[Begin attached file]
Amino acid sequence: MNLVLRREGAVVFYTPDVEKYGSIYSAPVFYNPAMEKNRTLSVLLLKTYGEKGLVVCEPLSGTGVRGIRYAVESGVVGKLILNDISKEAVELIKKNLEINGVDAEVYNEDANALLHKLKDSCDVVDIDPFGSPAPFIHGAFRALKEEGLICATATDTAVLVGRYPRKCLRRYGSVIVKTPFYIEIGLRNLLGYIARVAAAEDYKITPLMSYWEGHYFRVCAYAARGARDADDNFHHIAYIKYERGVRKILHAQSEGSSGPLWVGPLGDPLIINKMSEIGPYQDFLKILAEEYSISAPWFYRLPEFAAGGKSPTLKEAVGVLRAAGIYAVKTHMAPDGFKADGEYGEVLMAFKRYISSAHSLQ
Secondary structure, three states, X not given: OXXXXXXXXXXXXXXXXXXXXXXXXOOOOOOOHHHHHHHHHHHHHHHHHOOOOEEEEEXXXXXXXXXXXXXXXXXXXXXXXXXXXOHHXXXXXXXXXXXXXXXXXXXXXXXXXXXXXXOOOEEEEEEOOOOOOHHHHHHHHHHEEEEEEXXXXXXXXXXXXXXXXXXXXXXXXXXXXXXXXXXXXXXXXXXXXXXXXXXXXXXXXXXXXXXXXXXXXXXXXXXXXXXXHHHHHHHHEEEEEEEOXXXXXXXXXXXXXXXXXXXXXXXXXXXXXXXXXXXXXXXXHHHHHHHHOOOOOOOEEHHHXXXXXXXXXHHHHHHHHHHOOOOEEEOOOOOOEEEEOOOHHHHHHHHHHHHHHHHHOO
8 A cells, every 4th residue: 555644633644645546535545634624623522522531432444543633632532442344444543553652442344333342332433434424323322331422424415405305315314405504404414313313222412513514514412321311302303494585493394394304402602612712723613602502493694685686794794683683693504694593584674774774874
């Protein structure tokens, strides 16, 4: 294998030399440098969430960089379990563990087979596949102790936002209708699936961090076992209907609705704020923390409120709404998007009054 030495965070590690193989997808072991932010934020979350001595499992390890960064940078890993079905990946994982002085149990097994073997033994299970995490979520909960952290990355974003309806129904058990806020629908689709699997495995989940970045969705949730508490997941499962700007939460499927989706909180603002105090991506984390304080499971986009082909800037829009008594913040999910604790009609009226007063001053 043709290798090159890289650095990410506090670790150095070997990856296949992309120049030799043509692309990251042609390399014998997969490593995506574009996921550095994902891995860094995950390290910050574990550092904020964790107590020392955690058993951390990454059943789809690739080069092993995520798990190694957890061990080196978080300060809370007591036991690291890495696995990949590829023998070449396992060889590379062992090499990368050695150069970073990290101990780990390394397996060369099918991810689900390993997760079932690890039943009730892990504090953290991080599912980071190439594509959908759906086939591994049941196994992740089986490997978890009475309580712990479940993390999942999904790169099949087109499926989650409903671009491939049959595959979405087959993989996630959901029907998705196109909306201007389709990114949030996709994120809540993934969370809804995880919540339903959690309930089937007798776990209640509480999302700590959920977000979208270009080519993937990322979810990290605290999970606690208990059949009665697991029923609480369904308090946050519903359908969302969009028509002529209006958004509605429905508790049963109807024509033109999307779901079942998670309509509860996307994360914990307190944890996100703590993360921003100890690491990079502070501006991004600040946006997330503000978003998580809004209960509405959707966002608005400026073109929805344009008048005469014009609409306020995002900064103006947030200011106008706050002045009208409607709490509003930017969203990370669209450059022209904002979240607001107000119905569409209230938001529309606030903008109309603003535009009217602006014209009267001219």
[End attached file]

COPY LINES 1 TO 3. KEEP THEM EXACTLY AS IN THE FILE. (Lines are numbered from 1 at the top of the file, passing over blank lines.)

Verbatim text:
Amino acid sequence: MNLVLRREGAVVFYTPDVEKYGSIYSAPVFYNPAMEKNRTLSVLLLKTYGEKGLVVCEPLSGTGVRGIRYAVESGVVGKLILNDISKEAVELIKKNLEINGVDAEVYNEDANALLHKLKDSCDVVDIDPFGSPAPFIHGAFRALKEEGLICATATDTAVLVGRYPRKCLRRYGSVIVKTPFYIEIGLRNLLGYIARVAAAEDYKITPLMSYWEGHYFRVCAYAARGARDADDNFHHIAYIKYERGVRKILHAQSEGSSGPLWVGPLGDPLIINKMSEIGPYQDFLKILAEEYSISAPWFYRLPEFAAGGKSPTLKEAVGVLRAAGIYAVKTHMAPDGFKADGEYGEVLMAFKRYISSAHSLQ
Secondary structure, three states, X not given: OXXXXXXXXXXXXXXXXXXXXXXXXOOOOOOOHHHHHHHHHHHHHHHHHOOOOEEEEEXXXXXXXXXXXXXXXXXXXXXXXXXXXOHHXXXXXXXXXXXXXXXXXXXXXXXXXXXXXXOOOEEEEEEOOOOOOHHHHHHHHHHEEEEEEXXXXXXXXXXXXXXXXXXXXXXXXXXXXXXXXXXXXXXXXXXXXXXXXXXXXXXXXXXXXXXXXXXXXXXXXXXXXXXXHHHHHHHHEEEEEEEOXXXXXXXXXXXXXXXXXXXXXXXXXXXXXXXXXXXXXXXXHHHHHHHHOOOOOOOEEHHHXXXXXXXXXHHHHHHHHHHOOOOEEEOOOOOOEEEEOOOHHHHHHHHHHHHHHHHHOO
8 A cells, every 4th residue: 555644633644645546535545634624623522522531432444543633632532442344444543553652442344333342332433434424323322331422424415405305315314405504404414313313222412513514514412321311302303494585493394394304402602612712723613602502493694685686794794683683693504694593584674774774874